I remember my first exposure to Tarot was through my love of James Bond. I mentioned in an earlier post that I was introduced to James Bond at an early age through my parents taking me to see The Man With The Golden Gun. From then, I was hooked and I have fond memories of keeping the blueprints and diagrams of the stunts from Live and Let Die that were printed in the TVTimes when the movie first screened on British TV. And it was from Live and Let Die that I first saw Tarot, in the hands of the lovely Solitaire.
|Solitaire (Live and Let Die)|
I hadn't seen Tarot before, so I was confused as to why the cards looked different to playing cards, and it was then that I discovered my father's passing fascination with the Tarot, and he let me see his deck. I don't think he'd ever used it - just bought it and filed it away. It was an old Tarot of Marseilles set that came with a book. A set I still have today.
Of course, when I started roleplaying, the interest started again when I started running the James Bond roleplaying game for the group, with SPECTRE replaced by TAROT.
The years passed, and I didn't do a lot with Tarot until the time I came to apply to do my degree at art college. As part of the interview process for that particular college (now university) they asked each applicant to produce a self portrait to bring along to the interview which would not only show off their artistic skills, but maybe also give the tutors an insight into the way their prospective students saw themselves.
For my self portrait I produced a set of Tarot cards. Just the 22 cards of the Major Arcana, but I used photos (some shot especially) and got creative, covering the images in paint, illustration and weirdness, interpreting the meaning behind each card to show an aspect of my life at that time. It was all very horribly angsty and personal, and I don't think many people have seen them outside of the interview. Luckily, they did the trick and I was accepted on the course.
Thanks to relocating for art college, and getting back into reading comics, I became a fan of the the weirder DC titles such as Sandman and especially Shade: The Changing Man. When these became part of that first wave of Vertigo titles, and they announced a special Tarot set illustrated by Dave McKean, I placed my order straight away.
|Vertigo Tarot - 0:The Fool|
I'd rediscovered gaming again after relocating for art college, and after playing Vampire: The Masquerade, we moved on to playing Mage: The Ascension. When they produced a set of Tarot cards, inspired by the cover image of the corebook, we had to invest. I never used them for the game, or for traditional Tarot readings, but it did sow the seeds of inspiration that the names and images on the cards could be tweaked to fit a specific setting - or in this case, to suit a roleplaying game.
Something that has obviously stayed with me over the years - for when I started to write WILD a couple of years ago, when I considered an interesting element for the RPG I immediately thought of the Tarot.
Initially, I wanted a set of random cards that could represent the 100 most common dreams. The traditional things like being late for an exam or test, being naked in public, descending into a dingy cellar, flying or floating around a room, losing your teeth... that sort of thing. Then I realised that these dream images also inspired Archetypes, and the more I researched, the more I discovered the connection between the Tarot, and Jungian Archetypes and dream imagery.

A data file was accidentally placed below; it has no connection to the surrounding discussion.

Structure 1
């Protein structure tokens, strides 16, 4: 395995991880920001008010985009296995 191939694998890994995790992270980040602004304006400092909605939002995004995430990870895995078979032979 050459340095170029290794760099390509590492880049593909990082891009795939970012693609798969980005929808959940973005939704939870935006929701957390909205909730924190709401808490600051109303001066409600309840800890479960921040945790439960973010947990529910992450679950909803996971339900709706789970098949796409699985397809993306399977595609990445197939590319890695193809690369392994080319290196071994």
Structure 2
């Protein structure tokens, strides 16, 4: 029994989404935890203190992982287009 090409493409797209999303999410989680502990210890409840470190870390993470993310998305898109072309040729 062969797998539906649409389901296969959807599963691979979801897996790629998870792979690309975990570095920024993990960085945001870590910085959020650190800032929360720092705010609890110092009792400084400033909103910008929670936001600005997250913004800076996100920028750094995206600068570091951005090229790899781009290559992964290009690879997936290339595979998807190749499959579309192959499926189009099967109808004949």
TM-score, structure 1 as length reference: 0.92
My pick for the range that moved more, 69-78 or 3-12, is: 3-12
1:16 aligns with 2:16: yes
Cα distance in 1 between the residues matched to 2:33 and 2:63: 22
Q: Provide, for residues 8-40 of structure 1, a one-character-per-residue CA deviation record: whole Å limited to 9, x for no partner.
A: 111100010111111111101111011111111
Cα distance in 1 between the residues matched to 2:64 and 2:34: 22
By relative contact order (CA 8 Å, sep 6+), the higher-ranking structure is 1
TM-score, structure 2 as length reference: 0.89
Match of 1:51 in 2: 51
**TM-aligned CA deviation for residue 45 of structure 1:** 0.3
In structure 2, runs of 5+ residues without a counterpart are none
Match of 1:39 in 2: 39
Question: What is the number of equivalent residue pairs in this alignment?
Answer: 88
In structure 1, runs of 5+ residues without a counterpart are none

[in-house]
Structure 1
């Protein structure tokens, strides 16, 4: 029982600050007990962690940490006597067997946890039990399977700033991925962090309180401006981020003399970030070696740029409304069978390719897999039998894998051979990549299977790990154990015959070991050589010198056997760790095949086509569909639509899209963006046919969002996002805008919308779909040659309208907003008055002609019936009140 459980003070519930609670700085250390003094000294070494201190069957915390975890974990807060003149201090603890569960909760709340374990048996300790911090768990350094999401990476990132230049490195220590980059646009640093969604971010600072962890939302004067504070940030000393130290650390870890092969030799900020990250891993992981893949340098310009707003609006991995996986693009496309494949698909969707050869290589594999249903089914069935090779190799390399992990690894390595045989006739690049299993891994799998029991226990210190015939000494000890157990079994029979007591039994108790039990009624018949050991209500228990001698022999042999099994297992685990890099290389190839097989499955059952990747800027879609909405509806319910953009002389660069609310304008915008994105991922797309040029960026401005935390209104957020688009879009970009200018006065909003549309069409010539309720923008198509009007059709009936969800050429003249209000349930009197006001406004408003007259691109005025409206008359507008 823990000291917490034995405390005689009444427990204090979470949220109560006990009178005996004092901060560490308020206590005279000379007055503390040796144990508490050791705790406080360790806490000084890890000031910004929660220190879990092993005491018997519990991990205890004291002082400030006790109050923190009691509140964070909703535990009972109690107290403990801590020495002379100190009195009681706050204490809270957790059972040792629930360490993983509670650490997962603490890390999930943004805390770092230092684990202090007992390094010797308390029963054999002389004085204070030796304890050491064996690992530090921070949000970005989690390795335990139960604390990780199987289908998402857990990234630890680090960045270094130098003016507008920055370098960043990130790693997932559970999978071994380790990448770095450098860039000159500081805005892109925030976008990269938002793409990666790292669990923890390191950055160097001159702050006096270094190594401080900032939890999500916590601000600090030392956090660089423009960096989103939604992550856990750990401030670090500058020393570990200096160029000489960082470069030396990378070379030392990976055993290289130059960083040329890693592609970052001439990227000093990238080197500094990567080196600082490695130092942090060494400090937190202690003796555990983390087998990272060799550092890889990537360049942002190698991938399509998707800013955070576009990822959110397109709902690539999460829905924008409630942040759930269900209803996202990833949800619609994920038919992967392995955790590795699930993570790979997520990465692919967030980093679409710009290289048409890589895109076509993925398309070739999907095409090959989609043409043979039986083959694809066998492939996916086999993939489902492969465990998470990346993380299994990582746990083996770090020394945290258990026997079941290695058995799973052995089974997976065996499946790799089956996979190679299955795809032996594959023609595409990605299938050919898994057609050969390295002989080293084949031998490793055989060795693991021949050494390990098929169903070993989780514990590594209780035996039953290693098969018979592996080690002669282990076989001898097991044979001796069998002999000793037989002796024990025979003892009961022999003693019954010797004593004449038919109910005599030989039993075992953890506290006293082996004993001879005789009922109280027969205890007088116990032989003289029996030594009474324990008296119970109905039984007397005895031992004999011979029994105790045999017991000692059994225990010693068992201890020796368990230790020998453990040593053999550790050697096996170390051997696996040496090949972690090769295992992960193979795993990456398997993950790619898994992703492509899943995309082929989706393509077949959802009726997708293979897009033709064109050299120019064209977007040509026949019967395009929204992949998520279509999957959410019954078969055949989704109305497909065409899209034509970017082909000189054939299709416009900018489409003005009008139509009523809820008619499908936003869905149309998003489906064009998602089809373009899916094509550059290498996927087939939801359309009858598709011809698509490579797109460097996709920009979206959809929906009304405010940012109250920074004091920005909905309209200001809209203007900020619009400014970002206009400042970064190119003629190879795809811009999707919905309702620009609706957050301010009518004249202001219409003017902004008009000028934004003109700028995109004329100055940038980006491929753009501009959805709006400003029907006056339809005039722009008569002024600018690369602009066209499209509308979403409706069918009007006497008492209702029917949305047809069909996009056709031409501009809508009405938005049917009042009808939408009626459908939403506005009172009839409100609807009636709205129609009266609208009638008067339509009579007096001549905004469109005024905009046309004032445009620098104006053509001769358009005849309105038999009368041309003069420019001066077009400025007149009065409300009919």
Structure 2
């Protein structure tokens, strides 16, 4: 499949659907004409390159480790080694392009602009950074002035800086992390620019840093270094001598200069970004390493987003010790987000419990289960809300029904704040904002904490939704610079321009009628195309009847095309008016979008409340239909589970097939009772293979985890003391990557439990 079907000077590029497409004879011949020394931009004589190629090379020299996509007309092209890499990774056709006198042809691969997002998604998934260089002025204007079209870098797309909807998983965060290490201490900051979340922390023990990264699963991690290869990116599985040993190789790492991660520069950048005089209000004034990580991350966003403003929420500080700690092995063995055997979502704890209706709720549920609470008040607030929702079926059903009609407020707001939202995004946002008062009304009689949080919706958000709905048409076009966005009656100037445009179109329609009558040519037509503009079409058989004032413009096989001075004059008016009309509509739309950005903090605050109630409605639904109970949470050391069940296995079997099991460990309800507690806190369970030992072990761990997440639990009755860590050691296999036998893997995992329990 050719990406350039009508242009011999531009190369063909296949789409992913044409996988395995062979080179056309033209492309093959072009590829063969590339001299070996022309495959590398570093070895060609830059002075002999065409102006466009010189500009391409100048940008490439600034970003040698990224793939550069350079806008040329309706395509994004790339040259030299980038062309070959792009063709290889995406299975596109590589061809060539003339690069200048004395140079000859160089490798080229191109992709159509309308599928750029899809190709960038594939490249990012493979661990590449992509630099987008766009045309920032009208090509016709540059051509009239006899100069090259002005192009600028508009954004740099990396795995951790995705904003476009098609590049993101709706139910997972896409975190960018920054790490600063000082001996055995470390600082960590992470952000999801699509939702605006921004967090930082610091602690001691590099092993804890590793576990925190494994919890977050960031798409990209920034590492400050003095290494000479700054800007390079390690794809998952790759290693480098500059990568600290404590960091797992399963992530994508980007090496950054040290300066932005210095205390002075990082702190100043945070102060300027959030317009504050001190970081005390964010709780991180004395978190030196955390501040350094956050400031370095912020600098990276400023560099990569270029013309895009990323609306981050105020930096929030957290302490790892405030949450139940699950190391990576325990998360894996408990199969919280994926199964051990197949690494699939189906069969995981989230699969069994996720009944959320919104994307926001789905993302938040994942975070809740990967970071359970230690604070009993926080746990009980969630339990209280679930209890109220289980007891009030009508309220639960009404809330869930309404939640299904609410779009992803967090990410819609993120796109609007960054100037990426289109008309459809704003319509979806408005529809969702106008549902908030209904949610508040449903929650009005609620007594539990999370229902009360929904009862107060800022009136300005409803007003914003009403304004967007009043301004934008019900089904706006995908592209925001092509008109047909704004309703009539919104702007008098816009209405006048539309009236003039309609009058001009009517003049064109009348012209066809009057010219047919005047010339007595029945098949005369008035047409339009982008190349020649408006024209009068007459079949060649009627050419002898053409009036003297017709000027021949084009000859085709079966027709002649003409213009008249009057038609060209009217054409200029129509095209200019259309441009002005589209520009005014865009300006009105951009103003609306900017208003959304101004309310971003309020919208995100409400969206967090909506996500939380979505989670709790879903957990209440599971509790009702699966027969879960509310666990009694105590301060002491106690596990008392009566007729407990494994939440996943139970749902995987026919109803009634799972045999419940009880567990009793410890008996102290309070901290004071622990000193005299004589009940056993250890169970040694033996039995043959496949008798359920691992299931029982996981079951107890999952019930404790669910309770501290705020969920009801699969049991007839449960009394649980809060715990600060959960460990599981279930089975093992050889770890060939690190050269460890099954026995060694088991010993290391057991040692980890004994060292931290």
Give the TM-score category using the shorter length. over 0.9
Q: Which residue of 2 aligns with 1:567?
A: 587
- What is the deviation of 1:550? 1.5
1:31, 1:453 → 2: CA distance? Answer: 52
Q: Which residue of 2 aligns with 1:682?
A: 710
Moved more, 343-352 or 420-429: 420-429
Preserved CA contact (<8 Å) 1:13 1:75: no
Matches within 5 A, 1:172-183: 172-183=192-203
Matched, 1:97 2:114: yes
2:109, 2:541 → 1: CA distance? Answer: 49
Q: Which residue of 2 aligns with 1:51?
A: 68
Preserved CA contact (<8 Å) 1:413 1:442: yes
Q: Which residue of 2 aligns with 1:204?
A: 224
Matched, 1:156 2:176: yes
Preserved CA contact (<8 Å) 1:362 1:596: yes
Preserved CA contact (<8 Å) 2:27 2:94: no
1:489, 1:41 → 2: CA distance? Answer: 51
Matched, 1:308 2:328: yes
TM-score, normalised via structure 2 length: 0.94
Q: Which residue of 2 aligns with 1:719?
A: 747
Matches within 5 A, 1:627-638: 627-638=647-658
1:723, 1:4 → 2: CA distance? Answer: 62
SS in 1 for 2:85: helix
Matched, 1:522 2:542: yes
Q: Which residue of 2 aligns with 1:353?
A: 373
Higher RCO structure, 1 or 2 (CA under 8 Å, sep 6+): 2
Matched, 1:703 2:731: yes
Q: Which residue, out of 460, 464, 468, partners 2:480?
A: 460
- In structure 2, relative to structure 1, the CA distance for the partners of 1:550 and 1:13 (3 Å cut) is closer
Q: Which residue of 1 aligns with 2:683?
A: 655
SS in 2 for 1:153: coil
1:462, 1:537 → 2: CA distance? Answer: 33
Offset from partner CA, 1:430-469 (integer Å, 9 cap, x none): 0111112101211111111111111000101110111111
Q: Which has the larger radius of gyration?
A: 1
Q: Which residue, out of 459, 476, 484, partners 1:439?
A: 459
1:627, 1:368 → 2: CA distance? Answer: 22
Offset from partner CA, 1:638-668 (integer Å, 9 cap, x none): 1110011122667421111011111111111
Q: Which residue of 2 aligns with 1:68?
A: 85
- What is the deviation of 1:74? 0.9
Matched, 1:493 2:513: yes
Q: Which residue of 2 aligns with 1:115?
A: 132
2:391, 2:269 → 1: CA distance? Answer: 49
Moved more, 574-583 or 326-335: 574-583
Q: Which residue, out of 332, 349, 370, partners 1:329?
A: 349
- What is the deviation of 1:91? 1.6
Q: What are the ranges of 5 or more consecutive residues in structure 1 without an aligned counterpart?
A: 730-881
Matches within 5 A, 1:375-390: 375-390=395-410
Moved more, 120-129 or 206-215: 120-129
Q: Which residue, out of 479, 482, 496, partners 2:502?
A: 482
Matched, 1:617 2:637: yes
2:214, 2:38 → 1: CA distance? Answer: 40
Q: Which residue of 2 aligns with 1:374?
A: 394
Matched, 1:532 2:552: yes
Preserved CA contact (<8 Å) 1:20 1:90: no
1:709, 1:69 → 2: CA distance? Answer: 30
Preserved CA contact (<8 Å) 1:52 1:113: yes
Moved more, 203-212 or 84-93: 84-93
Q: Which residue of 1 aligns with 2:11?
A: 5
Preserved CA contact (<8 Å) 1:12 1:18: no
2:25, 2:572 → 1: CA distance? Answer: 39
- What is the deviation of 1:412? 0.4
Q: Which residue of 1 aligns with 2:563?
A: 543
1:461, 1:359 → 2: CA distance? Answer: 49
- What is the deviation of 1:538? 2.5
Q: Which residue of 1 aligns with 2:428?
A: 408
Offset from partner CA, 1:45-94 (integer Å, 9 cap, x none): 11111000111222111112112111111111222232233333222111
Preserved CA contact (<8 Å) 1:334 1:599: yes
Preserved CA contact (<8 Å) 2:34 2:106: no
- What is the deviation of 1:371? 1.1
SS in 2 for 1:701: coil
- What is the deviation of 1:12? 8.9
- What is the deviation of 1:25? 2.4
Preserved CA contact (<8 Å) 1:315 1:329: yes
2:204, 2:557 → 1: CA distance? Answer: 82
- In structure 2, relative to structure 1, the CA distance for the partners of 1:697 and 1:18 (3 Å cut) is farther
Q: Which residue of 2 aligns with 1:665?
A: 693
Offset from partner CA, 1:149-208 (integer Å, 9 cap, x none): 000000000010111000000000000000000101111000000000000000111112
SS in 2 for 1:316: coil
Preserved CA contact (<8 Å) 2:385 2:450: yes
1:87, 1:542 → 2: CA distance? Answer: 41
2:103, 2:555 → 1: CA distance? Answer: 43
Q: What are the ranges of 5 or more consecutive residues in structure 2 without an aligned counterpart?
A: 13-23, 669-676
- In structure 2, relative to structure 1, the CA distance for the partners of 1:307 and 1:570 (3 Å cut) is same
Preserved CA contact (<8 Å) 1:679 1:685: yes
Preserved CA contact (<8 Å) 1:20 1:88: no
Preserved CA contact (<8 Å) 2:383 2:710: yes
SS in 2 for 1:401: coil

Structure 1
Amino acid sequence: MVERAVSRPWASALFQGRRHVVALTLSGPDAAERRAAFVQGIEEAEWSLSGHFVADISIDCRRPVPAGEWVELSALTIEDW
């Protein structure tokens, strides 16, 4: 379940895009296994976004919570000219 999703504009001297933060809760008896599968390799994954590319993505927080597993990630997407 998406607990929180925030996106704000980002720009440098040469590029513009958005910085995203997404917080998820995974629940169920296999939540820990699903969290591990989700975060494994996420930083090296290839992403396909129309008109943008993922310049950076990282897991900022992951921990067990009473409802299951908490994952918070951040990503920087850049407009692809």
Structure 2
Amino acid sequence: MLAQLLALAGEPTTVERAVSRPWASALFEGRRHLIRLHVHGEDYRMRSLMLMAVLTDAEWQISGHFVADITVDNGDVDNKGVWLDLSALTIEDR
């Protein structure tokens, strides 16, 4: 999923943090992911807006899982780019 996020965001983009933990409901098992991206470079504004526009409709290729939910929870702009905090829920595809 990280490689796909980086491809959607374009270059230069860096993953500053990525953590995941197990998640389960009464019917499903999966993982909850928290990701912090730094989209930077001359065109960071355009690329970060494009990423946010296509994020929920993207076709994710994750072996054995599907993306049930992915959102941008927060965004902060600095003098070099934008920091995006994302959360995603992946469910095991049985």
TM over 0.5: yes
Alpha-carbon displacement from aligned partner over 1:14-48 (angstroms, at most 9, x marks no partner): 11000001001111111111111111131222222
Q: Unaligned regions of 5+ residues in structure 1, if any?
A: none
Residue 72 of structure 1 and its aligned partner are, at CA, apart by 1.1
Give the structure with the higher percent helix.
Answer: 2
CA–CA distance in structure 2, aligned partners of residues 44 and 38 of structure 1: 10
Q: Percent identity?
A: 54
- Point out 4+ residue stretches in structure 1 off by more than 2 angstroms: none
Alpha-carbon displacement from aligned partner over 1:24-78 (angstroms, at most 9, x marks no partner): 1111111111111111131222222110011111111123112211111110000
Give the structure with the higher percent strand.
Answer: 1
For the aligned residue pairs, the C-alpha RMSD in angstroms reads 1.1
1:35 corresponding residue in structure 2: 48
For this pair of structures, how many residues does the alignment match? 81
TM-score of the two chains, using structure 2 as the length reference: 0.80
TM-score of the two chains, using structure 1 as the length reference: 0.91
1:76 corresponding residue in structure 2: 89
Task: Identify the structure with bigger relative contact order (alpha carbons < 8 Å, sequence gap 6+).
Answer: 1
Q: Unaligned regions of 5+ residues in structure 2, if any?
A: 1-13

|Very rough version of XIV|
But things started evolving as the game was being written. It was taking on a life of its own. The four suits seemed to fit the four Attributes of the game, so it was a logical choice to change out Coins, Cups, Swords and Wands to become Control, Focus and Vision. The court cards, if you took the Ace into account, also fit the five "Skills" of the game, so it worked if you took out King, Queen and Page and replaced them with the Skills, such as Deceiver, Creator and Operator.
As the NaNoWriMo novel took shape, and the background of the game was formed, detailing the events that would lead up to the creation of dreamshare technology and the dreams of the inventor's daughter, the more the imagery of the novel would inspire the cards, especially the Major Arcana.
The more I looked at the cards, and how they would be used in the game as a way of influencing events in the dreamshare, the more I realised that I was putting a lot of work into these cards for a device that wouldn't be used all that often. I put the cards aside, and I went back to writing the game...
|The first few VERY ROUGH prototype cards|
So, on a recent trip to London, visiting the Atlantis Bookshop, I picked up a deck of blank Tarot cards. A whole deck, Tarot card shaped, with a patterned back, but a plain white front. The only problem is, the cards are very glossy and the only thing that'll really stay on the cards is working directly in permanent marker pen. No pencils, just scribbling straight onto the card in pen and hoping for the best.
Some of the cards have come out better than others, and, if the game makes it to production, the cards would be illustrated by someone with a LOT more skill than me. But, they serve the purpose.
As of yesterday, I've completed the Major Arcana. Now, about to start on the Suit of Control. As you can tell, WILD is still a way off yet, but it's evolving and changing with every new development, shaping itself in a fluid form like the dreams it takes its inspiration from.